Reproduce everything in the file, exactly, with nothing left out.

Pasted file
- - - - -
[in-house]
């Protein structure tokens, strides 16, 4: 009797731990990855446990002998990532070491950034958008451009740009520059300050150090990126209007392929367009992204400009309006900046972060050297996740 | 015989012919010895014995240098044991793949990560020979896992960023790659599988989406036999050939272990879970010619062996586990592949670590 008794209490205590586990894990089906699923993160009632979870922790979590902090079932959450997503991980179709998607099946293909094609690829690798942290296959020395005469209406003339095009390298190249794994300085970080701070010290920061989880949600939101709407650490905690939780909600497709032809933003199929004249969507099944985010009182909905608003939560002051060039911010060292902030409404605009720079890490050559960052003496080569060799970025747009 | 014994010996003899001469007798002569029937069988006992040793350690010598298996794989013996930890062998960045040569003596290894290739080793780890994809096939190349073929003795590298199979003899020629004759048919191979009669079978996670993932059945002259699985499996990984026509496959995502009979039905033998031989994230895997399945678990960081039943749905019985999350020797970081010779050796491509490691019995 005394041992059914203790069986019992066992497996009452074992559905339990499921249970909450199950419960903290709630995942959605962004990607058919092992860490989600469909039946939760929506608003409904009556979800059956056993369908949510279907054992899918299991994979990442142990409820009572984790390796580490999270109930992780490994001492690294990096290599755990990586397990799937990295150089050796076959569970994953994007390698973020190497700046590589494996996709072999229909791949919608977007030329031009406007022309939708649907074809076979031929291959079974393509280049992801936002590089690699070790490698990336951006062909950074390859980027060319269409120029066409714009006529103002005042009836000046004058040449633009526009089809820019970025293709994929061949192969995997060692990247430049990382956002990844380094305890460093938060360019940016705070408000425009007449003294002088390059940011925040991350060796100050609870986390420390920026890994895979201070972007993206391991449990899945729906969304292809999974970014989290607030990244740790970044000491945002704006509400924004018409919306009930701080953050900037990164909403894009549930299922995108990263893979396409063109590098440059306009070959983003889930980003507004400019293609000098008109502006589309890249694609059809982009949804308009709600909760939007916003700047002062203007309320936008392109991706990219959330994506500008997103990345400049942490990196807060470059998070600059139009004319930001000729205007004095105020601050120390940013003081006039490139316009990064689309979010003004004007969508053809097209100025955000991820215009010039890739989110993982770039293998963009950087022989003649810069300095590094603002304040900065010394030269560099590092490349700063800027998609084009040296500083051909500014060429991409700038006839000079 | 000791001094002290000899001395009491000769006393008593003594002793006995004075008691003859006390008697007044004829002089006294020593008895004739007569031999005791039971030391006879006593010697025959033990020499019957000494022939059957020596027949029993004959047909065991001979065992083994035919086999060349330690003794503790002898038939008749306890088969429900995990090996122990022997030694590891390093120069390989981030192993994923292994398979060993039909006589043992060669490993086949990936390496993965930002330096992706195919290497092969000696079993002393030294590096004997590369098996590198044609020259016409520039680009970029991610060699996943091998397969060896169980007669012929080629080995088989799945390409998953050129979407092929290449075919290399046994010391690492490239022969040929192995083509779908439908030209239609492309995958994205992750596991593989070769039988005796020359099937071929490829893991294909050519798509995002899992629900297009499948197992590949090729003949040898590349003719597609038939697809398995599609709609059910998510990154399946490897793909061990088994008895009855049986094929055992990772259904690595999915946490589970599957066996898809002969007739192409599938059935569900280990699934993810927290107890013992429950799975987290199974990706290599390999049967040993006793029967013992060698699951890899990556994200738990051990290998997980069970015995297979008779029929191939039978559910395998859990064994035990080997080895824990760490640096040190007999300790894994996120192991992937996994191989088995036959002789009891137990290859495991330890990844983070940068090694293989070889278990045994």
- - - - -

[in-house]
């Protein structure tokens, strides 16, 4: 009797731990990855446990002998990532070491950034958008451009740009520059300050150090990126209007392929367009992204400009309006900046972060050297996740 | 015989012919010895014995240098044991793949990560020979896992960023790659599988989406036999050939272990879970010619062996586990592949670590 008794209490205590586990894990089906699923993160009632979870922790979590902090079932959450997503991980179709998607099946293909094609690829690798942290296959020395005469209406003339095009390298190249794994300085970080701070010290920061989880949600939101709407650490905690939780909600497709032809933003199929004249969507099944985010009182909905608003939560002051060039911010060292902030409404605009720079890490050559960052003496080569060799970025747009 | 014994010996003899001469007798002569029937069988006992040793350690010598298996794989013996930890062998960045040569003596290894290739080793780890994809096939190349073929003795590298199979003899020629004759048919191979009669079978996670993932059945002259699985499996990984026509496959995502009979039905033998031989994230895997399945678990960081039943749905019985999350020797970081010779050796491509490691019995 005394041992059914203790069986019992066992497996009452074992559905339990499921249970909450199950419960903290709630995942959605962004990607058919092992860490989600469909039946939760929506608003409904009556979800059956056993369908949510279907054992899918299991994979990442142990409820009572984790390796580490999270109930992780490994001492690294990096290599755990990586397990799937990295150089050796076959569970994953994007390698973020190497700046590589494996996709072999229909791949919608977007030329031009406007022309939708649907074809076979031929291959079974393509280049992801936002590089690699070790490698990336951006062909950074390859980027060319269409120029066409714009006529103002005042009836000046004058040449633009526009089809820019970025293709994929061949192969995997060692990247430049990382956002990844380094305890460093938060360019940016705070408000425009007449003294002088390059940011925040991350060796100050609870986390420390920026890994895979201070972007993206391991449990899945729906969304292809999974970014989290607030990244740790970044000491945002704006509400924004018409919306009930701080953050900037990164909403894009549930299922995108990263893979396409063109590098440059306009070959983003889930980003507004400019293609000098008109502006589309890249694609059809982009949804308009709600909760939007916003700047002062203007309320936008392109991706990219959330994506500008997103990345400049942490990196807060470059998070600059139009004319930001000729205007004095105020601050120390940013003081006039490139316009990064689309979010003004004007969508053809097209100025955000991820215009010039890739989110993982770039293998963009950087022989003649810069300095590094603002304040900065010394030269560099590092490349700063800027998609084009040296500083051909500014060429991409700038006839000079 | 000791001094002290000899001395009491000769006393008593003594002793006995004075008691003859006390008697007044004829002089006294020593008895004739007569031999005791039971030391006879006593010697025959033990020499019957000494022939059957020596027949029993004959047909065991001979065992083994035919086999060349330690003794503790002898038939008749306890088969429900995990090996122990022997030694590891390093120069390989981030192993994923292994398979060993039909006589043992060669490993086949990936390496993965930002330096992706195919290497092969000696079993002393030294590096004997590369098996590198044609020259016409520039680009970029991610060699996943091998397969060896169980007669012929080629080995088989799945390409998953050129979407092929290449075919290399046994010391690492490239022969040929192995083509779908439908030209239609492309995958994205992750596991593989070769039988005796020359099937071929490829893991294909050519798509995002899992629900297009499948197992590949090729003949040898590349003719597609038939697809398995599609709609059910998510990154399946490897793909061990088994008895009855049986094929055992990772259904690595999915946490589970599957066996898809002969007739192409599938059935569900280990699934993810927290107890013992429950799975987290199974990706290599390999049967040993006793029967013992060698699951890899990556994200738990051990290998997980069970015995297979008779029929191939039978559910395998859990064994035990080997080895824990760490640096040190007999300790894994996120192991992937996994191989088995036959002789009891137990290859495991330890990844983070940068090694293989070889278990045994």